March 12, 11am-12Noon and repeats at 2-3pm Central Time
Supervising, Coordinating, or Managing Others (A to Z for Support Staff series)  - $15 for TLA members, $25 for nonmembers, group rates available
Julie Todaro, Dean of Library Services, Austin Community College
This webinar includes the basics of public & support services for staff, including best practices with both do’s and don’ts; time management; and the role of communication.
For registration and discount information see

March 19, 11am-12 Noon Central Time 
Won't You Be My Neighbor? Building Partnerships in Small Rural Communities (Collaboration Series) - FREE
Victoria Horst, Tifton-Tift County (GA) Public Library
Deborah Moorman, Irwin County (GA) Public Library
This session will give ideas on how to form relationships with nonlibrary organizations that have the same goals as a library. The facilitators have experience with organizations such as Rotary, local theatre, literacy volunteers, institutions of worship, YMCA, schools and colleges, the Department of Labor, the Society for Creative Anachronism, and others to build programming and advocacy for the library. Register

March 24, 3-4pm Central Time 
Community Curation, Data Alchemy, and Bleeding Edge News (Collaboration Series) - FREE
Kenn Bicknell, Digital Resources Librarian, Los Angeles County Metropolitan Transportation Authority
Learn how to strengthen the library's role as a critical community partner. The speaker explains how libraries can employ news aggregation, community curation, and "data alchemy" to create (and create demand for) value-added community news and information. Social media and an auto-generated newspaper tool give every library the potential to become a reliable, relevant, and respected news source. Innovative collaborations around easy online tools can help libraries define how their entire community is perceived online. Register

March 31, 10-11am Central Time 
Got Big Data? Big Data and School Libraries (Collaboration Series) - FREE
Evelyn Schwartz, Librarian and Teacher, Georgetown Day School, Washington, DC
From Google's Ngram Viewer to Twitter Trends, from the World Bank to Google Public Data Explorer, the prevalence of Big Data (and its analysis and collection) opens a door to new kinds of integrated library instruction for many classes. Librarians can teach their students how to access and manipulate "raw" data for their work as well as how to understand how it is used in contemporary society. The ease of access to data collection tools (such as online surveys) means that data analysis is a good teachable skill that librarians can introduce to students for both school work and everyday life. Register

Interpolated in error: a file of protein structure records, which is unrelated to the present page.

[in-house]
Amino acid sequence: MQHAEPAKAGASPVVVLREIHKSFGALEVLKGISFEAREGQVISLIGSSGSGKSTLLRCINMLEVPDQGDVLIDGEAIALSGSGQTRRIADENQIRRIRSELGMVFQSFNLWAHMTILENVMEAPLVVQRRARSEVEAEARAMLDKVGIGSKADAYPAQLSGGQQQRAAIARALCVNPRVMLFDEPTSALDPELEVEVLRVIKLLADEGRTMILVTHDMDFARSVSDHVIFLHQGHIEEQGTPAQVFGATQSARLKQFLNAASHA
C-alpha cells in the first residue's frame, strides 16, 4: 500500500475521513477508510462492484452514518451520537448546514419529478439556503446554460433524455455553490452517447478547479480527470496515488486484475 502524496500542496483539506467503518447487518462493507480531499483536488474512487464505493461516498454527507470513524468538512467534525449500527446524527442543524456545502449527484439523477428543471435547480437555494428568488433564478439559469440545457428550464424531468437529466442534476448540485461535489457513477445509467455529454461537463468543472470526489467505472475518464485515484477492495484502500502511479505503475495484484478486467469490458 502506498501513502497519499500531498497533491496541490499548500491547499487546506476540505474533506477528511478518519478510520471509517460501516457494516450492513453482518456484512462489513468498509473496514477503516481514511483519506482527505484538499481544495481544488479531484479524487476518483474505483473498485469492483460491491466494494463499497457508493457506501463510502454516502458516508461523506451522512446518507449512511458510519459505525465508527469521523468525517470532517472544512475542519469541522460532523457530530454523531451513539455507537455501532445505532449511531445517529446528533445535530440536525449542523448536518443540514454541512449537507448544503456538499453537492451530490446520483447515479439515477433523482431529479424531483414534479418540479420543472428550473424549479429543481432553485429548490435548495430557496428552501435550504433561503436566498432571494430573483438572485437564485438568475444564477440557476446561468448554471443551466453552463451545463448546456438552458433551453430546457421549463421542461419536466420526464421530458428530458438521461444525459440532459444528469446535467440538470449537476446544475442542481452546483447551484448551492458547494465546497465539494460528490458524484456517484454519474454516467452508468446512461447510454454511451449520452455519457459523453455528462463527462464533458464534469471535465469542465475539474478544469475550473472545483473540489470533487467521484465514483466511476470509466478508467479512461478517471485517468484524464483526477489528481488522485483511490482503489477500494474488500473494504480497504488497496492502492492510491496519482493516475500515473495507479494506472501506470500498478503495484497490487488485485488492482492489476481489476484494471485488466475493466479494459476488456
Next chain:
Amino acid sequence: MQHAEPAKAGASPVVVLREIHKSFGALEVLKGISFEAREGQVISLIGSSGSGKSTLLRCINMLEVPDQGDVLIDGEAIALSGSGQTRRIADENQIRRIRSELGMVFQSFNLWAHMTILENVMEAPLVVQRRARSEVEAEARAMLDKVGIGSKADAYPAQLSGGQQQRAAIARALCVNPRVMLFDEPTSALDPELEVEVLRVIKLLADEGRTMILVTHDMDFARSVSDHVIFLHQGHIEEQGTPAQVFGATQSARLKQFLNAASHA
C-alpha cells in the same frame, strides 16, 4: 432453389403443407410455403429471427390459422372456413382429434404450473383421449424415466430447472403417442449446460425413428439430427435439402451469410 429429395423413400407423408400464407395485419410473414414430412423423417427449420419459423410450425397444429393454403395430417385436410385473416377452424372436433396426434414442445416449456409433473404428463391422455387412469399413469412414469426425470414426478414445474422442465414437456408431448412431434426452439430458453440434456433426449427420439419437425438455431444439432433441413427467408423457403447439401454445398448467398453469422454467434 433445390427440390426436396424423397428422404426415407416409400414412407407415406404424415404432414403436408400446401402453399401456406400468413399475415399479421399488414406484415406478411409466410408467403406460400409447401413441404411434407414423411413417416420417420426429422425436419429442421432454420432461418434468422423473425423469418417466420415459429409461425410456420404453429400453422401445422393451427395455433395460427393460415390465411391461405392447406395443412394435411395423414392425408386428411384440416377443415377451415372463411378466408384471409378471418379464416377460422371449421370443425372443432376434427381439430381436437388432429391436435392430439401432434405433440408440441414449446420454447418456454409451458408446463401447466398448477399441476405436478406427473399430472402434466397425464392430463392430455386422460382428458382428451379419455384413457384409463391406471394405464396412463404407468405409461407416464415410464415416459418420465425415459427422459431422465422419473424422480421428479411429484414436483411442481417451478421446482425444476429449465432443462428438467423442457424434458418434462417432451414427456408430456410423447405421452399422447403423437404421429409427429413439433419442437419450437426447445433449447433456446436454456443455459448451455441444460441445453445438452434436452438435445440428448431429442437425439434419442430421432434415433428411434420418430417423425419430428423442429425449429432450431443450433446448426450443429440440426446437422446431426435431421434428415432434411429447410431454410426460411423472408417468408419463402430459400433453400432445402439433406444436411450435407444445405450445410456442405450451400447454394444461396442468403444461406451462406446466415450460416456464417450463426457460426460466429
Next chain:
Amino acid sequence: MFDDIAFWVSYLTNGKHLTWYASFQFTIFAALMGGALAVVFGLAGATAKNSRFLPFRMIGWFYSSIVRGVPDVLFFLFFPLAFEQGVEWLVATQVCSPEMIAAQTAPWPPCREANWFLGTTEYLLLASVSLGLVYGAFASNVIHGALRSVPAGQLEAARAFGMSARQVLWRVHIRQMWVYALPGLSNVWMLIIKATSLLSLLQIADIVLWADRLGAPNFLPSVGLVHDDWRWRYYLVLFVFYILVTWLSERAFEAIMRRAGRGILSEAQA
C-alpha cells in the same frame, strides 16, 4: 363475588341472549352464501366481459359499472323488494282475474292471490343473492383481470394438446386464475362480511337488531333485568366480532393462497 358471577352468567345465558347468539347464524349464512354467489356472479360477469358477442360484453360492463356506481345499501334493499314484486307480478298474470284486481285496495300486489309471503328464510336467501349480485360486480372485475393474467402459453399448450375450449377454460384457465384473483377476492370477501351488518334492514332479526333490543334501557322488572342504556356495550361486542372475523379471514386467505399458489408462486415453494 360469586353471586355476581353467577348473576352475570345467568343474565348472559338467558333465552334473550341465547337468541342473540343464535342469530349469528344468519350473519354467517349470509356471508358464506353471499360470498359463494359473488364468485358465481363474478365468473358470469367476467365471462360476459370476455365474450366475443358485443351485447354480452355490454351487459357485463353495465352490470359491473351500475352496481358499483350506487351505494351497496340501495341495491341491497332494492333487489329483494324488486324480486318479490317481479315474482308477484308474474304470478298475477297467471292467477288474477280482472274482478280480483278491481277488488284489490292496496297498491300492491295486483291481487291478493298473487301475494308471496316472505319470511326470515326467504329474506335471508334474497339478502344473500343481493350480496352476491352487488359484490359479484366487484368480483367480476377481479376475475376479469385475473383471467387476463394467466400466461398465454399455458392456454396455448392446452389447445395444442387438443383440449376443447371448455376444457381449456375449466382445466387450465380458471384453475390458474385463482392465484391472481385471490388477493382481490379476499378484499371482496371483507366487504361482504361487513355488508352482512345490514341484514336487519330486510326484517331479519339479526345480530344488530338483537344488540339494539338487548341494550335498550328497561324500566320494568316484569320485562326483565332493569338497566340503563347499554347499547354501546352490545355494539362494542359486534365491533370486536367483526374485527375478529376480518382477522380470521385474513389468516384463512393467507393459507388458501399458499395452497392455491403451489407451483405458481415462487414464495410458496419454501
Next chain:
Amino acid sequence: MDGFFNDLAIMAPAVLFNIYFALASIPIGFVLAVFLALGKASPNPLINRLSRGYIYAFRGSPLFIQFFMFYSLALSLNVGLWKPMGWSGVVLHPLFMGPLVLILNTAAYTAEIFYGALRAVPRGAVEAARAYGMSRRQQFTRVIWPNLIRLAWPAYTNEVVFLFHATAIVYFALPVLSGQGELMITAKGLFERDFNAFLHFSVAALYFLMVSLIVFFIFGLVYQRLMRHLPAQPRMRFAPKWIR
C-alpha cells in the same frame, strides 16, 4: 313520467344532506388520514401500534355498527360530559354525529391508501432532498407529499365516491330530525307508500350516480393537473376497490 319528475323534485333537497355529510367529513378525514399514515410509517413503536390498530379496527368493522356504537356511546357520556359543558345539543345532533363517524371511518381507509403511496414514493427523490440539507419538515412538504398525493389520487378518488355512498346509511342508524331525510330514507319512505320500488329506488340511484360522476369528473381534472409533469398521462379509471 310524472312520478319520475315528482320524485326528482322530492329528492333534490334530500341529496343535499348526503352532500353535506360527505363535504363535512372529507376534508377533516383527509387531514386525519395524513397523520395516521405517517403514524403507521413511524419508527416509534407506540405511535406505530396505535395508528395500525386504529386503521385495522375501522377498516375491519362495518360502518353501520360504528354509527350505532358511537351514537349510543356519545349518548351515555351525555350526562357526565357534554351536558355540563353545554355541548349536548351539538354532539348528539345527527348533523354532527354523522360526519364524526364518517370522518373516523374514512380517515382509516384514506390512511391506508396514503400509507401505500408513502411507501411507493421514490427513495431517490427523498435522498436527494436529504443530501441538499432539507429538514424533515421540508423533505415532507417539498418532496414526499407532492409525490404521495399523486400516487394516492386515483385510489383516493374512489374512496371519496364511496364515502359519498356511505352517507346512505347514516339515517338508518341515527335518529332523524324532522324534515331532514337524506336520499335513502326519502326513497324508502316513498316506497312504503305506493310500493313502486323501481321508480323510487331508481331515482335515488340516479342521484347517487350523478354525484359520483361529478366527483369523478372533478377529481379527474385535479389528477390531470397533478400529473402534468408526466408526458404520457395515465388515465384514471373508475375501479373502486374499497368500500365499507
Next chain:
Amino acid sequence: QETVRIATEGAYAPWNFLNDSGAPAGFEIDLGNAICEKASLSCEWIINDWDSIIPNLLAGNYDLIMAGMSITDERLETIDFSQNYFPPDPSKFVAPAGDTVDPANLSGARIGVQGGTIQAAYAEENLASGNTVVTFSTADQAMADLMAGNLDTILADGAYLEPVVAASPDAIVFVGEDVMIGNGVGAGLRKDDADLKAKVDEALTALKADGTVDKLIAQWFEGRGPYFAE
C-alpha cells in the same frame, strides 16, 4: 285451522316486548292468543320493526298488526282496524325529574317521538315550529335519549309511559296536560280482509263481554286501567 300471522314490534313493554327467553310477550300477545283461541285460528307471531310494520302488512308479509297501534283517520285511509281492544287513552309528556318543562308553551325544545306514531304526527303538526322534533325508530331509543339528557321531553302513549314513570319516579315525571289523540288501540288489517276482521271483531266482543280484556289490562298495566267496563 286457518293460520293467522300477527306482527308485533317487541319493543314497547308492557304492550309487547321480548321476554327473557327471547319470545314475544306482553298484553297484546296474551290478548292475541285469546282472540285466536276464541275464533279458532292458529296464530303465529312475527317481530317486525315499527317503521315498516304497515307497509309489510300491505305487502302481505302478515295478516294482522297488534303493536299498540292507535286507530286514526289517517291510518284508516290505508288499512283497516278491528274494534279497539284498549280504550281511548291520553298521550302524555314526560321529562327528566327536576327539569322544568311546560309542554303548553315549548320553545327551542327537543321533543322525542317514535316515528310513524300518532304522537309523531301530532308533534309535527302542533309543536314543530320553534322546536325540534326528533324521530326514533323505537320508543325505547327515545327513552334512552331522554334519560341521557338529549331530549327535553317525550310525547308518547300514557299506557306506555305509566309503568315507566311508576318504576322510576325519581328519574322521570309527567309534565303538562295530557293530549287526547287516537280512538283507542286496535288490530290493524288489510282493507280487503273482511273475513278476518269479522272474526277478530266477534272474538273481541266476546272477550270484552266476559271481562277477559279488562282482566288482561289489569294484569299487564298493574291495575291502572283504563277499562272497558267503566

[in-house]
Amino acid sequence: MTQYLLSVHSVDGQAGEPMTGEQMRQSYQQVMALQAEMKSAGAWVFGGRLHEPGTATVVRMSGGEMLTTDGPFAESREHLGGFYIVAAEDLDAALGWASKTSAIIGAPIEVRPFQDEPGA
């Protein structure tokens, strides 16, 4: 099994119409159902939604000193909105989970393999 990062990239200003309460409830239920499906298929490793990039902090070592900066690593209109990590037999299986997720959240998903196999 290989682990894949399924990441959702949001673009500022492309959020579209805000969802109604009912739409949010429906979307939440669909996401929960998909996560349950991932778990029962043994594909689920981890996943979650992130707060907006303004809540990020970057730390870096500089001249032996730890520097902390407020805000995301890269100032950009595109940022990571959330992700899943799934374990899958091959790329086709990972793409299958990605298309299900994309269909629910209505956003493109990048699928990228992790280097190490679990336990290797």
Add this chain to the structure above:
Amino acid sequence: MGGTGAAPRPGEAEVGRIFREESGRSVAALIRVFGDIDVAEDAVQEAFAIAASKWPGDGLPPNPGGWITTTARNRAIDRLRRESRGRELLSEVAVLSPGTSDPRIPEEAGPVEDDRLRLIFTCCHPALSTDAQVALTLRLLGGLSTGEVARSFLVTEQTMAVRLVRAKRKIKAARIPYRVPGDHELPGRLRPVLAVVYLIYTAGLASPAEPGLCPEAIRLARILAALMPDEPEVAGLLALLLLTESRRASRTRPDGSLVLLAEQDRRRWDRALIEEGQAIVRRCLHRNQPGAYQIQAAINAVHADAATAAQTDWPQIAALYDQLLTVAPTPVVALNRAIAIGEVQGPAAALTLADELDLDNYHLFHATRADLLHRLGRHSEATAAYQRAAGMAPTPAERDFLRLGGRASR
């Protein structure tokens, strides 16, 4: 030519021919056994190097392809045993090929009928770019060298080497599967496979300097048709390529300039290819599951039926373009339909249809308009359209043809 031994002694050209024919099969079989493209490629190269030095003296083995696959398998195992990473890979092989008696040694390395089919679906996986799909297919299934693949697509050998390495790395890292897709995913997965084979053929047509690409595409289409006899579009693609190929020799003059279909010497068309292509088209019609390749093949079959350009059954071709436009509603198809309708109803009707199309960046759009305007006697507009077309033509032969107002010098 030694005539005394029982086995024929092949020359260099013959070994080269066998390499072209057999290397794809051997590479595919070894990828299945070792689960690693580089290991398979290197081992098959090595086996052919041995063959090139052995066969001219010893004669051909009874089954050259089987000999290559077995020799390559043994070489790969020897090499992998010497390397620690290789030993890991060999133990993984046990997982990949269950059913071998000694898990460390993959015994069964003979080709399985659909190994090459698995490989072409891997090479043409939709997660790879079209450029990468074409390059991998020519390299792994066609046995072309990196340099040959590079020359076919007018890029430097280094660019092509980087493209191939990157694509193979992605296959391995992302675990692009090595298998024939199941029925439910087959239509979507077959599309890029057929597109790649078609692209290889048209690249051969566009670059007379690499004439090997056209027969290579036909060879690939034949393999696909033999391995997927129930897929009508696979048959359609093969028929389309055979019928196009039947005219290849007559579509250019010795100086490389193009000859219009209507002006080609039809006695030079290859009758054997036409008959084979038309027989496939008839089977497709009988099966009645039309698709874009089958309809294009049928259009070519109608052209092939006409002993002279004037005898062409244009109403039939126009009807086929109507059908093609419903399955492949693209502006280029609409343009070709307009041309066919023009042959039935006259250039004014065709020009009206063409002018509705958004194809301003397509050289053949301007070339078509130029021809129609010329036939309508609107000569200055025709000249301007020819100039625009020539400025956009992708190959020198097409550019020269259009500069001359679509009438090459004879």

April 2, 11am-12Noon and repeats at 2-3pm Central Time
Cataloging: Introduction to Organizing Information
 (A to Z for Support Staff series)  - $15 for TLA members, $25 for nonmembers, group rates available
Julie Todaro, Dean of Library Services, Austin Community College
This session begins with the basics of acquisitions, cataloging, and processing with an overview of technical services. For registration and discount information see

May 12, 11am-12Noon and repeats at 2-3pm Central Time
Introduction to Providing Information and Directional Reference
 (A to Z for Support Staff series)  - $15 for TLA members, $25 for nonmembers, group rates available
Dr. Julie Todaro, Dean of Library Services, Austin Community College
This webinar covers information desk services and resources, including the patron interview, moving patrons among public service desks, reader’s advisory, and delivering information and reference for paraprofessionals through online, digital and virtual services. For registration and discount information see 

May 19, 2-3pm Central Time
Building a Culture of Collaboration (Collaboration Series) - FREE
Lucy Santos Green, Assistant Professor, Instructional Technology, Georgia Southern University
Melissa Johnston, Assistant Professor, School of Library and Information Studies, University of Alabama
Judy Kaplan, Coordinator of the School Library Media Studies Sequence, University of Vermont  M.Ed. Curriculum & Instruction
Judi Moreillon, Assistant Professor, School of Library and Information Studies, Texas Woman's University
How can you increase collaboration in your school learning community? Building a Culture of Collaboration at Edublogs: Co-bloggers will share strategies for reaching out and developing collaborative relationships with four library stakeholder groups: administrators, classroom teachers and specialists, students, and families and community members. Bring your commitment to building partnerships, your experiences, your ideas and your questions to the conversation. Register

June 4, 11am-12Noon and repeats at 2-3pm Central Time
What’s New in Library Collections and Services (A to Z for Support Staff series)  - $15 for TLA members, $25 for nonmembers, group rates available
Dr. Julie Todaro, Dean of Library Services, Austin Community College
This introductory program describes the role of electronic resources in the library, from databases to eBooks. It includes basic techniques for working with these applications as well as the tools to use them, such as eReaders, smartphones, and tablets. For registration and discount information see